Resource

Nationwide, Black women only comprise 1.4% of people leading school districts and 4.8% of the teacher workforce. Those statistics highlight the need for more representation so students can see themselves in the teachers and school leaders they encounter daily. In addition to students seeing themselves, research shows that White students also benefit from diversity. They showed improved problem-solving, critical thinking, and creativity when they have teachers and leaders of color. An article in Scientific American on the importance of diversity summarized it this way: “Being around people who are different from us makes us more creative, more diligent and harder-working.” The fact that so many Black women are the first or only superintendents in their states reminds us that our nation has a long way to go in creating a school system that fully represents and serves all students.

Black women superintendents are critical in today’s environment, where classrooms have become sites of cultural and political conflict. Because of their lived experience, Black women know firsthand what it takes to thrive amid racism and sexism — overcoming systemic barriers and challenges many of their peers do not endure. This lived experience fuels them as they work to meet their student’s academic and social-emotional needs and ensure that, despite the challenges of the pandemic, all students leave the P-12 school system with precisely what they need to succeed.

We have launched this Leading with Excellence video series to amplify the voices of women leaders. Stay tuned as we showcase a leader each month.

*Based on participants in the 2020 AASA Decennial Study of the Superintendent. Grogan, M. & Nash, A. M. (2021). Superintendents and the intersections of race, gender and district composition. In C. H. Tienken (Ed.), The American superintendent 2020 decennial study (pp. 19-28). Lanham, MD.: Rowman & Littlefield Education.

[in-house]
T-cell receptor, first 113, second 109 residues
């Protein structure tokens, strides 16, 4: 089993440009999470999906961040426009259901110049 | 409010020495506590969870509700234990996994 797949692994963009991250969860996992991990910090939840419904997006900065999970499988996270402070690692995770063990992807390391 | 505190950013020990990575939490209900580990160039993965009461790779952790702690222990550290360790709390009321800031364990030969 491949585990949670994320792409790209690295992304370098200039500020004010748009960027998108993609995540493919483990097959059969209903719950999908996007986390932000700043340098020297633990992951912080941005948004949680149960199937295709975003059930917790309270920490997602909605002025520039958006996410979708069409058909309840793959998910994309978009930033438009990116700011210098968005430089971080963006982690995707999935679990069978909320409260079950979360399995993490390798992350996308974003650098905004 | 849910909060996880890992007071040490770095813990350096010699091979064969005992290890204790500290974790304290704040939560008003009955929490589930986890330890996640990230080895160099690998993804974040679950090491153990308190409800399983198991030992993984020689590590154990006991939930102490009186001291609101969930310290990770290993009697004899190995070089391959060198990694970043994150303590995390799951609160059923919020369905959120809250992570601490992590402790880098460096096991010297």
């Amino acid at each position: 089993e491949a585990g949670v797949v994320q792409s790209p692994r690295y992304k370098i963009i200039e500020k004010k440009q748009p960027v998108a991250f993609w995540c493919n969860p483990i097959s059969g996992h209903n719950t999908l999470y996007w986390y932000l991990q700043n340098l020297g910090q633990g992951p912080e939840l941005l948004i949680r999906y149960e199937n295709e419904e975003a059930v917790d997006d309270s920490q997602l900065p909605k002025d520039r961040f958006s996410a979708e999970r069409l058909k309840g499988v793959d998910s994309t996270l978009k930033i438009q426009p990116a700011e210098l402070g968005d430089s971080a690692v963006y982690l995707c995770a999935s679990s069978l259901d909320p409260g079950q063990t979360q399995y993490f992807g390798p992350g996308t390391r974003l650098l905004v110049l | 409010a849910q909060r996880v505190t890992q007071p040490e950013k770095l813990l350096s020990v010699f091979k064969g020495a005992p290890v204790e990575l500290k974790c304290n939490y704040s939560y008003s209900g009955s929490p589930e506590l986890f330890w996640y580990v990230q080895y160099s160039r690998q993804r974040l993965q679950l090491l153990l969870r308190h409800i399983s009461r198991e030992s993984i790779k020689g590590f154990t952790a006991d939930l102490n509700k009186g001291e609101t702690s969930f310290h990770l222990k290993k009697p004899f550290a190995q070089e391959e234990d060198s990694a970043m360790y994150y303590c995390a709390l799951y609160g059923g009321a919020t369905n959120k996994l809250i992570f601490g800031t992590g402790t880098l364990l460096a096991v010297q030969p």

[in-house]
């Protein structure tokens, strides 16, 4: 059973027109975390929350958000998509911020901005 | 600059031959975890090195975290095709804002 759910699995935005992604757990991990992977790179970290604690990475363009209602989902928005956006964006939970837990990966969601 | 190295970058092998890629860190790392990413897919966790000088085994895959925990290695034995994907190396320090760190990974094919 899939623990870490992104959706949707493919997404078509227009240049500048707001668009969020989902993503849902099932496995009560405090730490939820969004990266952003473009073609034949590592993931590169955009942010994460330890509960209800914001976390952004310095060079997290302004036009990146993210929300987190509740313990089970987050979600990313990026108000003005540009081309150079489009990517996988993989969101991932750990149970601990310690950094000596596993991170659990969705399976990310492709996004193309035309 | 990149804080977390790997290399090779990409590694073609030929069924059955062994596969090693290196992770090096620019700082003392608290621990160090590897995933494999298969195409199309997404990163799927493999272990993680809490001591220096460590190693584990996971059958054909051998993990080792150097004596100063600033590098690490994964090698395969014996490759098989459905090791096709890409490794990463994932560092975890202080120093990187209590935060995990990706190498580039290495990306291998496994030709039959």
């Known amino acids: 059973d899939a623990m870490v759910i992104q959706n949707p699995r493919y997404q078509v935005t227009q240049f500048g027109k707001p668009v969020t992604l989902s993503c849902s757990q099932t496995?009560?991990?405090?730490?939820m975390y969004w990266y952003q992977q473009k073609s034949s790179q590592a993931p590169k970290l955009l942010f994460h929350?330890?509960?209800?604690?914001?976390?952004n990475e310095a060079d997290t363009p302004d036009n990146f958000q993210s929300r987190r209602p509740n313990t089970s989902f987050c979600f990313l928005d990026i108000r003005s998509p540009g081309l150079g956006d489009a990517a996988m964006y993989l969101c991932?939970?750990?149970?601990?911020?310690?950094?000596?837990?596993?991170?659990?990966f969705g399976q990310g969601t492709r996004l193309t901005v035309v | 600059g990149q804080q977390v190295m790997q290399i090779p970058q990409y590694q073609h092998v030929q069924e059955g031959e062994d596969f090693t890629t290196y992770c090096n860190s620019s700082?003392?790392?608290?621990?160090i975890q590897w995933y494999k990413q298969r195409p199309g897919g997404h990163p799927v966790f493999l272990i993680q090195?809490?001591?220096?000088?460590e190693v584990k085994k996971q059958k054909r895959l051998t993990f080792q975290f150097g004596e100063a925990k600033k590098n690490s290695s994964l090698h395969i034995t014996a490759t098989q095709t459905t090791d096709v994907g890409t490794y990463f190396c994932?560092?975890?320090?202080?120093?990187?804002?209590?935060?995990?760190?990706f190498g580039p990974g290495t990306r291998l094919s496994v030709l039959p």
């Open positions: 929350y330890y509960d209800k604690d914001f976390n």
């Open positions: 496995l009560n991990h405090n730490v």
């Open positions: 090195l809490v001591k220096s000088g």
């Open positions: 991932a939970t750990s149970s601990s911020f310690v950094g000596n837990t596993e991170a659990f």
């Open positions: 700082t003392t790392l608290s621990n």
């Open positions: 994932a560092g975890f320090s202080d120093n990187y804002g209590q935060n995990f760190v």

Videos

Adrienne Battle headshotDr. Adrienne Battle, Superintendent of Metro Nashville Public Schools, discusses the challenges and rewards of being a Black Woman Superintendent and what can be done to diversify the superintendency.

 

christina grantDr. Christina Grant, State Superintendent of Education for Washington, DC, speaks on the importance of Black women leadership in education.

 

Dawn Williams headshot

Dr. Dawn Williams, Dean, Howard University School of Education speaks on why it is crucial to have a diverse educator workforce that is representative of the student population.

Black Women Superintendents Are Leading With Excellence

Ed Trust and the School Superintendents Association (AASA) co-hosted an event in May 2023 called “Black Women Superintendents Are Leading With Excellence” to discuss the pressures Black women leaders face in their work lives, the need to diversify the school leadership pipeline and how to support each other while meeting students’ needs in the wake of the pandemic. The panelists talked candidly about their challenges as leaders and navigating the politically charged climate in schools and districts.

Many noted that they drew strength from their sister superintendents, who provide an essential support system in the face of the negative racial and gender stereotypes and microaggressions they sometimes endure as Black women. Participants included:

  • Melanie Kay-Wyatt, who was recently named superintendent of Alexandria City Public Schools in Virginia
  • Sonja Brookins Santelises, formerly of Ed Trust and now in her seventh year as CEO of Baltimore City Public Schools in Maryland
  • Kyla Johnson-Trammell, superintendent of Oakland Unified School District in California
  • Christina Grant, state superintendent of education for Washington, DC
  • Adrienne Battle, superintendent of Metro Nashville Public Schools in Tennessee
  • Dr. Monifa McKnight, superintendent of Montgomery County Schools in Maryland